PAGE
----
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Day Traders Wait For Dips – Don’t Chase the Market
Last week the S&P 500 closed firmly above the 200-day MA and tech stocks were particularly strong. I believe that end of month fund buying and earnings season in two weeks will keep buyers engaged.
The issues plaguing the market (inflation, Fed tightening and the war in Ukraine) have not improved, but the initial shock of these events is starting to wane. The first rate hike by the Fed will not have much of an impact, but there is chatter that they might hike 50 basis points at the May meeting and perhaps another 50 basis points in June. This will make Asset Managers nervous as we get closer.
The economic calendar is heavy this week. ADP and the jobs report will be in focus as traders gauge the strength of domestic economic activity. China’s numbers on Wednesday will be of greatest interest.
Covid-19 cases are rising in China and much of the country is shutting down. This will add to current supply disruptions and factories closed. Delisting for Chinese companies is still possible and that decision could be influenced by China’s support for Russia. They also have real estate developers who are not reporting earnings and who are perilously close to default. A credit crisis in China is the biggest threat to our market. Even if that does not manifest, I feel that Chinese stocks present a good shorting opportunity. Wait for weakness in US markets for those shorts or carry a few of these shorts to hedge your longs.
Swing traders with a 2-3 week trade duration can sparingly sell out of the money bullish put spreads on strong stocks. I still believe that we will have more market volatility this summer, but we have reached a resting point. The 25 basis rate hike means little and it will not impact our economic growth. The market is paying less attention to the war in Ukraine and earnings season is approaching. That should keep buyers engaged for a few weeks. As earnings season unfolds I believe that the selling pressure will build. Earnings estimates for the year have been reduced by many analysts/institutions and guidance could be soft. As we get closer to the May FOMC meeting the selling pressure will resume. A 1% rise in interest rates this summer would keep Asset Managers on the sidelines. Take advantage of this “window” for a few weeks and return to the sidelines for longer term swing trades.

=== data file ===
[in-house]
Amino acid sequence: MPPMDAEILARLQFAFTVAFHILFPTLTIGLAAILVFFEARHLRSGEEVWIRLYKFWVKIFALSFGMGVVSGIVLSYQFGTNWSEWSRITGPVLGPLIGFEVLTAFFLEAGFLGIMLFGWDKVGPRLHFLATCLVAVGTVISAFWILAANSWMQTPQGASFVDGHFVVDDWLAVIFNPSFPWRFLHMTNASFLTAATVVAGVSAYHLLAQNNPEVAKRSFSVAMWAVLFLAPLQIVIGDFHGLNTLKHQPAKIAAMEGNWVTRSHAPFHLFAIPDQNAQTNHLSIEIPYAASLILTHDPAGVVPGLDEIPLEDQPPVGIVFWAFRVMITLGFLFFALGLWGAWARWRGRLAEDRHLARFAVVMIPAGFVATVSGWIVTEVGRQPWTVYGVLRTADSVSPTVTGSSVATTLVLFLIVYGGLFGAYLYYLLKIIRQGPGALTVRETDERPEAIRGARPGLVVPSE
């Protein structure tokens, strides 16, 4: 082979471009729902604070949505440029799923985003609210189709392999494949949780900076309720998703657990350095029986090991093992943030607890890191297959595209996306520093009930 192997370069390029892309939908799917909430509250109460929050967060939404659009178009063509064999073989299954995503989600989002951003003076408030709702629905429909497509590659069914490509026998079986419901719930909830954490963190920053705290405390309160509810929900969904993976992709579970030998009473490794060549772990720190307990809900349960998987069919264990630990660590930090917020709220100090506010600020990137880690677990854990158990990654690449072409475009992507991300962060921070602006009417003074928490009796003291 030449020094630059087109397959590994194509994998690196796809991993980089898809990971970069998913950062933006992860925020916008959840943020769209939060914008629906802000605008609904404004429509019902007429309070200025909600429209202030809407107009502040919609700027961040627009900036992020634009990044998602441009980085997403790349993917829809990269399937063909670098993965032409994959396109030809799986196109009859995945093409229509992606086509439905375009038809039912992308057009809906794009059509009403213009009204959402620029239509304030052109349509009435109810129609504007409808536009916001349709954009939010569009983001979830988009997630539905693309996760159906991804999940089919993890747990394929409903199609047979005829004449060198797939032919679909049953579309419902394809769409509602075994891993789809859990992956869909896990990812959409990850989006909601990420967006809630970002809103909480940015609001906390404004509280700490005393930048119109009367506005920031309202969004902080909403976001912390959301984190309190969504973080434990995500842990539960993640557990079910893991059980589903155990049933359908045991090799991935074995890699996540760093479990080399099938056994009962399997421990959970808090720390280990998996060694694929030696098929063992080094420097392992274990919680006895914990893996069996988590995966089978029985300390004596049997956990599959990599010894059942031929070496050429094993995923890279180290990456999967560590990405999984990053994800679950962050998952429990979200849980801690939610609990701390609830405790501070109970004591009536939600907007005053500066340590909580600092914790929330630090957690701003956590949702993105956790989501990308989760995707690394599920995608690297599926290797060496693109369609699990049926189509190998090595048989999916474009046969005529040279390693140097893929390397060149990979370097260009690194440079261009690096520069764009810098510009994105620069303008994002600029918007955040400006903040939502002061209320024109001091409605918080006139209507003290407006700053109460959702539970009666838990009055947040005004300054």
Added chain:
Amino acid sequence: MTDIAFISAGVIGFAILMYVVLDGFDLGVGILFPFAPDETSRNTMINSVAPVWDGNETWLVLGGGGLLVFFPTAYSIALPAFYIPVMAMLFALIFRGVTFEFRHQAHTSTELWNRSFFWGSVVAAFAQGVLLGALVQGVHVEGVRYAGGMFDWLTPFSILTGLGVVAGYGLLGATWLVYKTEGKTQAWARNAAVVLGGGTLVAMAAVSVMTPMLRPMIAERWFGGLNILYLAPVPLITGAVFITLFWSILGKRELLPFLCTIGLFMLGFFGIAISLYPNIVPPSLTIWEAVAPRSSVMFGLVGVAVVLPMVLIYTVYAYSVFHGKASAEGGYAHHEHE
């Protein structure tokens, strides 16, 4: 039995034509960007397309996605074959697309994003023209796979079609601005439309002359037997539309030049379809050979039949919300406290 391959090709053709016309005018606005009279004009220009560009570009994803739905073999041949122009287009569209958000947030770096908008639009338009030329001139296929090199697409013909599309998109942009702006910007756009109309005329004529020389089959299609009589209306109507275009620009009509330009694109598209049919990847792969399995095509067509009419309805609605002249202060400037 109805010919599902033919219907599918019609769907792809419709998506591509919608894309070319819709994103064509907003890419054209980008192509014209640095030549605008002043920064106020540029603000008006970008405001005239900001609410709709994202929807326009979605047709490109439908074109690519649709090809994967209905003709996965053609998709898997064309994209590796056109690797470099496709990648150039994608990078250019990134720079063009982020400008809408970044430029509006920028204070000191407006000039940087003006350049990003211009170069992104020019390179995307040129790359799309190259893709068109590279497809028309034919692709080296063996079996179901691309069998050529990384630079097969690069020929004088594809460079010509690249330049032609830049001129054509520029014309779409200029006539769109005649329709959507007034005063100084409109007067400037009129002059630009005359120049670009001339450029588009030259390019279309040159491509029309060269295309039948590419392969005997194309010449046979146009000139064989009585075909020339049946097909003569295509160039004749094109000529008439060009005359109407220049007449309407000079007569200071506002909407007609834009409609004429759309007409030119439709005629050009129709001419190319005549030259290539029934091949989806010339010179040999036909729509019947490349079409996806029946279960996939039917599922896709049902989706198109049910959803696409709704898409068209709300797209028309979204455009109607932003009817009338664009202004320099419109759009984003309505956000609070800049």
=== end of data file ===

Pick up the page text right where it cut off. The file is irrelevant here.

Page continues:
Day traders should expect two-sided action. This is a news driven market and we are trapped between the 200-day MA and the 100-day MA. I am favoring the long side, but only because of the momentum last week. Monitor the early action and watch for sector rotation. Tech has been relatively strong in the last week and Chinese stocks have been weak. If the market is able to close above the 200-day MA this week it will embolden buyers and we could poke through the 100-day MA.
Support is at the 200-day MA and resistance is at the 100-day MA.
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